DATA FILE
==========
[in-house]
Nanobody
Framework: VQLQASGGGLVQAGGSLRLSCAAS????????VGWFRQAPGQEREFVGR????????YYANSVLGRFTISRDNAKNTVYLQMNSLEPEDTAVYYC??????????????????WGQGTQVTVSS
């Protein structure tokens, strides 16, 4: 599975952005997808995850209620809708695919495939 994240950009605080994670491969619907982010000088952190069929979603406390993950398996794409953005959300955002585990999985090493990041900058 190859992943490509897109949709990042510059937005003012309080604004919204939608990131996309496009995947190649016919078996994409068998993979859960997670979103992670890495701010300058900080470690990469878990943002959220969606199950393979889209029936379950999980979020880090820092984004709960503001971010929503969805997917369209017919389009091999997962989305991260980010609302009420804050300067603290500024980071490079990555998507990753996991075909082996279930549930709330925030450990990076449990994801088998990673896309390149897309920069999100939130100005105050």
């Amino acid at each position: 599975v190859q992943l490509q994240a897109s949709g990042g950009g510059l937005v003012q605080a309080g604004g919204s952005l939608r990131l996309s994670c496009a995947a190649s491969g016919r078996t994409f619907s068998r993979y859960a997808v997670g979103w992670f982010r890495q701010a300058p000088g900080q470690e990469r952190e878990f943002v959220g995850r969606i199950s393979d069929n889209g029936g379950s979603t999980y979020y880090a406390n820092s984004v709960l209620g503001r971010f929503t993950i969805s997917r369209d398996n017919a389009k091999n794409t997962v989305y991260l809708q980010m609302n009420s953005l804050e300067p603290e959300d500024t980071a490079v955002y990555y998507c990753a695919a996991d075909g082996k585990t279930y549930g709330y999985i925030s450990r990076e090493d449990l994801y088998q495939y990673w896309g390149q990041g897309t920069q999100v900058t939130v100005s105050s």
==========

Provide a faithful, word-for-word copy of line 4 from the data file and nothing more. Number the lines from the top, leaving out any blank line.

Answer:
């Protein structure tokens, strides 16, 4: 599975952005997808995850209620809708695919495939 994240950009605080994670491969619907982010000088952190069929979603406390993950398996794409953005959300955002585990999985090493990041900058 190859992943490509897109949709990042510059937005003012309080604004919204939608990131996309496009995947190649016919078996994409068998993979859960997670979103992670890495701010300058900080470690990469878990943002959220969606199950393979889209029936379950999980979020880090820092984004709960503001971010929503969805997917369209017919389009091999997962989305991260980010609302009420804050300067603290500024980071490079990555998507990753996991075909082996279930549930709330925030450990990076449990994801088998990673896309390149897309920069999100939130100005105050």